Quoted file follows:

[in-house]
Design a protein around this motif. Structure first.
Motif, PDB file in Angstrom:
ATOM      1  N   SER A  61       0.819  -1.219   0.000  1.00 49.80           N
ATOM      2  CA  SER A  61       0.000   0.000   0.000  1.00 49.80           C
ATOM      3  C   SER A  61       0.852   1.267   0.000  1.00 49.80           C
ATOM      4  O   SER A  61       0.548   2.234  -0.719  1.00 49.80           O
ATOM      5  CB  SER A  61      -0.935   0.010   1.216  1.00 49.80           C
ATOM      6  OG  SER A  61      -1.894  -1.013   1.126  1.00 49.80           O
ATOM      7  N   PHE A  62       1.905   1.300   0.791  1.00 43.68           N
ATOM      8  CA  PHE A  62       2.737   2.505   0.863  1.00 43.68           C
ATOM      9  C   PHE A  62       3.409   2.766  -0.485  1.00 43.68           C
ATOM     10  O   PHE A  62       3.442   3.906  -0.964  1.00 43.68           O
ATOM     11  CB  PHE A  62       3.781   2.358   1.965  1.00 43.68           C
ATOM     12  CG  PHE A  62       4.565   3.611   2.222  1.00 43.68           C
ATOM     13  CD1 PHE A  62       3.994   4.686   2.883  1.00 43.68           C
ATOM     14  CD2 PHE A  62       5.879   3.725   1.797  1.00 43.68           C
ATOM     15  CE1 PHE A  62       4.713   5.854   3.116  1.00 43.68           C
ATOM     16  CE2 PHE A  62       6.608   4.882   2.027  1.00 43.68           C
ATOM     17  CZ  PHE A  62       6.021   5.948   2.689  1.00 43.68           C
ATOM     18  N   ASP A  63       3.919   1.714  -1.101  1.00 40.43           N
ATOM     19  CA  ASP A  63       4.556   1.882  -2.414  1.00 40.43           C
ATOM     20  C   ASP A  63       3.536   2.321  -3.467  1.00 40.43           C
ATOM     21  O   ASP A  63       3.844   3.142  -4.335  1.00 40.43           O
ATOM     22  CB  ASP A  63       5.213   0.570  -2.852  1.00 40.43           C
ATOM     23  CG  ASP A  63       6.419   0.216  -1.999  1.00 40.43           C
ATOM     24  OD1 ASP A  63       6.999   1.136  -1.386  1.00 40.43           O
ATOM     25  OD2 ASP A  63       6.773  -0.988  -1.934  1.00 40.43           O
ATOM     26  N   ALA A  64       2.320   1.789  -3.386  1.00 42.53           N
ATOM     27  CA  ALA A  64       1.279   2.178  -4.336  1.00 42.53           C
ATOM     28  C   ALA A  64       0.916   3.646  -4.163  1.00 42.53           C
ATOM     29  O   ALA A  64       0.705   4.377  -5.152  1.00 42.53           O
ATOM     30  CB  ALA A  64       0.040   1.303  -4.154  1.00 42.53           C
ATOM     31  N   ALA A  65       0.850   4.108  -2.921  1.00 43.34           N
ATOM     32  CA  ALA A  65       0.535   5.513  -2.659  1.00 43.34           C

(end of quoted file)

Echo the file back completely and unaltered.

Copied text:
[in-house]
Design a protein around this motif. Structure first.
Motif, PDB file in Angstrom:
ATOM      1  N   SER A  61       0.819  -1.219   0.000  1.00 49.80           N
ATOM      2  CA  SER A  61       0.000   0.000   0.000  1.00 49.80           C
ATOM      3  C   SER A  61       0.852   1.267   0.000  1.00 49.80           C
ATOM      4  O   SER A  61       0.548   2.234  -0.719  1.00 49.80           O
ATOM      5  CB  SER A  61      -0.935   0.010   1.216  1.00 49.80           C
ATOM      6  OG  SER A  61      -1.894  -1.013   1.126  1.00 49.80           O
ATOM      7  N   PHE A  62       1.905   1.300   0.791  1.00 43.68           N
ATOM      8  CA  PHE A  62       2.737   2.505   0.863  1.00 43.68           C
ATOM      9  C   PHE A  62       3.409   2.766  -0.485  1.00 43.68           C
ATOM     10  O   PHE A  62       3.442   3.906  -0.964  1.00 43.68           O
ATOM     11  CB  PHE A  62       3.781   2.358   1.965  1.00 43.68           C
ATOM     12  CG  PHE A  62       4.565   3.611   2.222  1.00 43.68           C
ATOM     13  CD1 PHE A  62       3.994   4.686   2.883  1.00 43.68           C
ATOM     14  CD2 PHE A  62       5.879   3.725   1.797  1.00 43.68           C
ATOM     15  CE1 PHE A  62       4.713   5.854   3.116  1.00 43.68           C
ATOM     16  CE2 PHE A  62       6.608   4.882   2.027  1.00 43.68           C
ATOM     17  CZ  PHE A  62       6.021   5.948   2.689  1.00 43.68           C
ATOM     18  N   ASP A  63       3.919   1.714  -1.101  1.00 40.43           N
ATOM     19  CA  ASP A  63       4.556   1.882  -2.414  1.00 40.43           C
ATOM     20  C   ASP A  63       3.536   2.321  -3.467  1.00 40.43           C
ATOM     21  O   ASP A  63       3.844   3.142  -4.335  1.00 40.43           O
ATOM     22  CB  ASP A  63       5.213   0.570  -2.852  1.00 40.43           C
ATOM     23  CG  ASP A  63       6.419   0.216  -1.999  1.00 40.43           C
ATOM     24  OD1 ASP A  63       6.999   1.136  -1.386  1.00 40.43           O
ATOM     25  OD2 ASP A  63       6.773  -0.988  -1.934  1.00 40.43           O
ATOM     26  N   ALA A  64       2.320   1.789  -3.386  1.00 42.53           N
ATOM     27  CA  ALA A  64       1.279   2.178  -4.336  1.00 42.53           C
ATOM     28  C   ALA A  64       0.916   3.646  -4.163  1.00 42.53           C
ATOM     29  O   ALA A  64       0.705   4.377  -5.152  1.00 42.53           O
ATOM     30  CB  ALA A  64       0.040   1.303  -4.154  1.00 42.53           C
ATOM     31  N   ALA A  65       0.850   4.108  -2.921  1.00 43.34           N
ATOM     32  CA  ALA A  65       0.535   5.513  -2.659  1.00 43.34           C